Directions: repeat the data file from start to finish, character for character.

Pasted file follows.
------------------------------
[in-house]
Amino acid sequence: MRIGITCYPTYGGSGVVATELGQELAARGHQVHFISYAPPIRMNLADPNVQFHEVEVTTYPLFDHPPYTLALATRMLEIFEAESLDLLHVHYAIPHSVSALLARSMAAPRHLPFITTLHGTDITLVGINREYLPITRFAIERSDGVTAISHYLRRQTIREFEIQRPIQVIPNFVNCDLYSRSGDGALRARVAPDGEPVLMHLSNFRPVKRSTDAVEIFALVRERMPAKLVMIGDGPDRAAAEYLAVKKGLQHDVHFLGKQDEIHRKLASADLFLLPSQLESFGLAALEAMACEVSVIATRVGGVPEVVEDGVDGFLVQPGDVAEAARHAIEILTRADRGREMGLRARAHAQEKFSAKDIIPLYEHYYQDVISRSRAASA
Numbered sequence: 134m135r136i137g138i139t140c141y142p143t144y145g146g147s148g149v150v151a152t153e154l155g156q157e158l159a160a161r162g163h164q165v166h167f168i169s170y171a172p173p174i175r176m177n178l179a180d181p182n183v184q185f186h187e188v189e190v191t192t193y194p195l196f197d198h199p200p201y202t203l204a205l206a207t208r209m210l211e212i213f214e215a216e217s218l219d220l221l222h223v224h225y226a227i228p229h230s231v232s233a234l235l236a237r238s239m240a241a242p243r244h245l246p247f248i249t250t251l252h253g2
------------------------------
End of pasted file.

[in-house]
Amino acid sequence: MRIGITCYPTYGGSGVVATELGQELAARGHQVHFISYAPPIRMNLADPNVQFHEVEVTTYPLFDHPPYTLALATRMLEIFEAESLDLLHVHYAIPHSVSALLARSMAAPRHLPFITTLHGTDITLVGINREYLPITRFAIERSDGVTAISHYLRRQTIREFEIQRPIQVIPNFVNCDLYSRSGDGALRARVAPDGEPVLMHLSNFRPVKRSTDAVEIFALVRERMPAKLVMIGDGPDRAAAEYLAVKKGLQHDVHFLGKQDEIHRKLASADLFLLPSQLESFGLAALEAMACEVSVIATRVGGVPEVVEDGVDGFLVQPGDVAEAARHAIEILTRADRGREMGLRARAHAQEKFSAKDIIPLYEHYYQDVISRSRAASA
Numbered sequence: 134m135r136i137g138i139t140c141y142p143t144y145g146g147s148g149v150v151a152t153e154l155g156q157e158l159a160a161r162g163h164q165v166h167f168i169s170y171a172p173p174i175r176m177n178l179a180d181p182n183v184q185f186h187e188v189e190v191t192t193y194p195l196f197d198h199p200p201y202t203l204a205l206a207t208r209m210l211e212i213f214e215a216e217s218l219d220l221l222h223v224h225y226a227i228p229h230s231v232s233a234l235l236a237r238s239m240a241a242p243r244h245l246p247f248i249t250t251l252h253g2